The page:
Authors: Julius Cesar I. Trajano and Yoes C. Kenawas, RSIS
Indonesia and the Philippines, the biggest democracies in Southeast Asia, both face a significant threat to the vibrancy of their political systems — the rise of political dynasties.
In both countries, dynasties persist because the families use patronage networks, wealth and — in some cases — violence to hold onto power.
Ever since American colonial rule (1899–1946), political dynasties have been well-entrenched in Philippine politics, and dynastic politicians are returning to the campaign trail to safeguard turf or to recapture old positions in the upcoming mid-term polls. Fourteen of the candidates for the senate this year possess impeccable political pedigree — some of them are relatives of the country’s current top leaders. The problem is endemic in the Philippines — 70 per cent of members of Philippine Congress are from political dynasties.
Although political dynasties are not yet as prevalent in Indonesia, the rise of dynasties in some regional elections could become ‘the new normal’, threatening the country’s young democracy. Since the introduction of direct local elections in 2005, many political families have been trying to build regional political dynasties, such as the Choisyiahs in Banten, the Yasin Limpos in South Sulawesi, and the Sjachroedins in Lampung. Some of them have political lineage that extends to the New Order regime (1966–98), even though Suharto’s centralisation policy prevented direct transferal of power between family members.
So why do dynasties persist in Indonesia and the Philippines? A key factor is the weakness of political party systems. Political dynasties are the building blocks of Philippine politics. Major political parties such as the ruling Liberal Party, United Nationalist Alliance and Nacionalista Party merely exist through alliances forged among powerful political families. Party leaders and candidates for public office are recruited not through a rigid process of selection within political parties but through traditional kinship networks. Similarly, in Indonesia, political families can easily capture the structural organisation of a political party branch in the region or use money politics to get the party’s support. It is not surprising if the relative of an incumbent local official is chosen as a candidate of a political party despite a questionable track record.
But patronage does not fully explain the problem. In the Philippines, political clans even go as far as using private armies to intimidate or grievously cripple rival dynasties. There are still at least 85 private armed groups throughout the country. Although the use of private security forces in Indonesia is not as widespread as in the Philippines, in some regions such as Banten, parties have used jawara (martial arts experts) as a forceful instrument to get the support of voters.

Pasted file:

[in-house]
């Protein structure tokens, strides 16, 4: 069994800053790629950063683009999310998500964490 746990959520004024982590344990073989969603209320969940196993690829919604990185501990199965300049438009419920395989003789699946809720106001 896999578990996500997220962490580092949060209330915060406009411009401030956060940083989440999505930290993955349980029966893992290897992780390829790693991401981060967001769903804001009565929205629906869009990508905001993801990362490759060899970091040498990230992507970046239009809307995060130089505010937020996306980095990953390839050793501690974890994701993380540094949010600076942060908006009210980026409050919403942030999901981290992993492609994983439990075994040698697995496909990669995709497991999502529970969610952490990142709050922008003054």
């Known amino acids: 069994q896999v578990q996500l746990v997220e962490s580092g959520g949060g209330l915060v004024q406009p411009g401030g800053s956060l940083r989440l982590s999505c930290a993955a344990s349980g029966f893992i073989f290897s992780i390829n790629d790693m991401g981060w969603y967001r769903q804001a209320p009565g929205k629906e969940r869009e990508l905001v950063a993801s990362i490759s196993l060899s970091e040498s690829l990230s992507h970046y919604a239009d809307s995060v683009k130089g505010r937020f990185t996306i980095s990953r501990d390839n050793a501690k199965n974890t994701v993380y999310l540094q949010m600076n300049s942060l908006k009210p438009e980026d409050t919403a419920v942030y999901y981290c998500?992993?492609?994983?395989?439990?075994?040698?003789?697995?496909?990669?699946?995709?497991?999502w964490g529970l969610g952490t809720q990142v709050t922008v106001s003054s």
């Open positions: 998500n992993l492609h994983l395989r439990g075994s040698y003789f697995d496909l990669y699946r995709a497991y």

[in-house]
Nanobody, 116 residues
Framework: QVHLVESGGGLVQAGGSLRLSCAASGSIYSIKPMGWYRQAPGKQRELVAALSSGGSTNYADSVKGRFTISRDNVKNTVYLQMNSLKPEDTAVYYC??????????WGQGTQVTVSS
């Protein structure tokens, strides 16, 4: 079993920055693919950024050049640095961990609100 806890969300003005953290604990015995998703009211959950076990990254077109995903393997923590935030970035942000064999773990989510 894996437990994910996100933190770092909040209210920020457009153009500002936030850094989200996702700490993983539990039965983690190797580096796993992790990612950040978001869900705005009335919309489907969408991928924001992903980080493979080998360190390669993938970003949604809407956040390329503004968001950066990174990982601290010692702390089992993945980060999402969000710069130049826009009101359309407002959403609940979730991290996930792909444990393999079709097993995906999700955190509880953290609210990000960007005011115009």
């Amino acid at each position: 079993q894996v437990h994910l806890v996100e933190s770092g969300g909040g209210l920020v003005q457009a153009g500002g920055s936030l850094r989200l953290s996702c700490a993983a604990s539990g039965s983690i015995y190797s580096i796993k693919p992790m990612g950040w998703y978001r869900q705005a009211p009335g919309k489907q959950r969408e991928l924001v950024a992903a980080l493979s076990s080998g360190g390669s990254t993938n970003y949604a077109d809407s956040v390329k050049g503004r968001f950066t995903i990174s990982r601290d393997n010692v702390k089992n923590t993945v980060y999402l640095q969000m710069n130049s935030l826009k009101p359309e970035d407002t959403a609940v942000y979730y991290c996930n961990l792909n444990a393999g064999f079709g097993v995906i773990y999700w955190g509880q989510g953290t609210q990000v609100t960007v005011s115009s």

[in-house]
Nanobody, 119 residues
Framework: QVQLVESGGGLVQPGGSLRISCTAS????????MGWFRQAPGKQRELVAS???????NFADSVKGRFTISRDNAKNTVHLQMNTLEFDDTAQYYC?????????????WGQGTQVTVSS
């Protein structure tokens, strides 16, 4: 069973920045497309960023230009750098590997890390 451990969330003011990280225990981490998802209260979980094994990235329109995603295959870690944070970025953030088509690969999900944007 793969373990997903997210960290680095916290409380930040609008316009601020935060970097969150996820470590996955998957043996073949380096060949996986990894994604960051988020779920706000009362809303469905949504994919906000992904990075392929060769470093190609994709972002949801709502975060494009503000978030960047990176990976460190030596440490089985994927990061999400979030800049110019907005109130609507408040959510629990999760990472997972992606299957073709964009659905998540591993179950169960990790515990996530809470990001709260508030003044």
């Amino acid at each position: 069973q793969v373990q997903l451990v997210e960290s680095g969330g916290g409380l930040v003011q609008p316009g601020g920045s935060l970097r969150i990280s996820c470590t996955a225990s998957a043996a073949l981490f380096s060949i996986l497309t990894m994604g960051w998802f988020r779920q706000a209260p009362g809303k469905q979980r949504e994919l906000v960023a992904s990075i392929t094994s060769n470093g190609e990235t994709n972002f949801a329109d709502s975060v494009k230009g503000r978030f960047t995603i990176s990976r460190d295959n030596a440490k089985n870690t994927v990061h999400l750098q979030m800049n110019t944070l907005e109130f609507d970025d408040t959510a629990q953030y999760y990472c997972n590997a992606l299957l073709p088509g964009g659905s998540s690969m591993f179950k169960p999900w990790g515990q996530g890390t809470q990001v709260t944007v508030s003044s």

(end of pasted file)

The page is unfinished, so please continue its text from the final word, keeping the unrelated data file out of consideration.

The third reason is the prohibitive cost of running for public office. In the Philippines, affluent political families have access to mammoth political machines and government resources, giving them the upper hand in local and national polls. Similarly, during regional elections in Indonesia, incumbent officials often mobilise civil servants illegally and reward or punish local government officials based on partisanship, violating the country’s electoral laws.
And finally, in a nation where political pedigree is a crucial political asset, Filipinos tend to vote for ‘trusted brands’ — scions of well-known families. Philippine President Benigno Aquino’s clan, for example, has already produced two presidents and five senators since 1928.
Similarly, in Indonesia, the family of former President Megawati Soekarnoputri, daughter of the country’s first President Sukarno, remains a permanent fixture in national politics. At the local level, many Indonesian voters are still trapped in a ‘personalistic democracy’ mindset that invariably gives rise to ‘popular’ dynasties in some regions.
In these circumstances, reform is difficult. The Philippine Constitution officially bans political dynasties, but the Supreme Court has left it up to the Congress to pass a law to that effect. The bill has been effectively placed on the back burner due to lack of support from many legislators who belong to political families. The passage of the Political Party Reform Bill, which aims to strengthen political parties, is also uncertain. Meanwhile, government authorities have yet to dismantle all remaining private armies before the mid-term polls.
In Indonesia, the government-proposed anti-dynasty provision in the new Local Elections Bill is still being discussed. Some lawmakers have raised concerns about the proposal, claiming it would violate the right to run for public office and could be challenged in the Constitutional Court. In any case, the clause does not address fundamental reasons for the problems like weak party system and implementation of electoral laws. Political dynasties in Indonesia are not yet as ubiquitous as in the Philippines, so it is still possible for Indonesia to avoid the messy path taken by the Philippine democracy. Neither anti-dynasty legislation nor the enhancement of the political party system will serve as a silver bullet to the proliferation of political clans. Voters should also scrutinise the platforms and track record of candidates, rather than their family names. Changing the mindset of the electorate will be the final step in reform.
This article was first published here, as RSIS commentary 018/2013.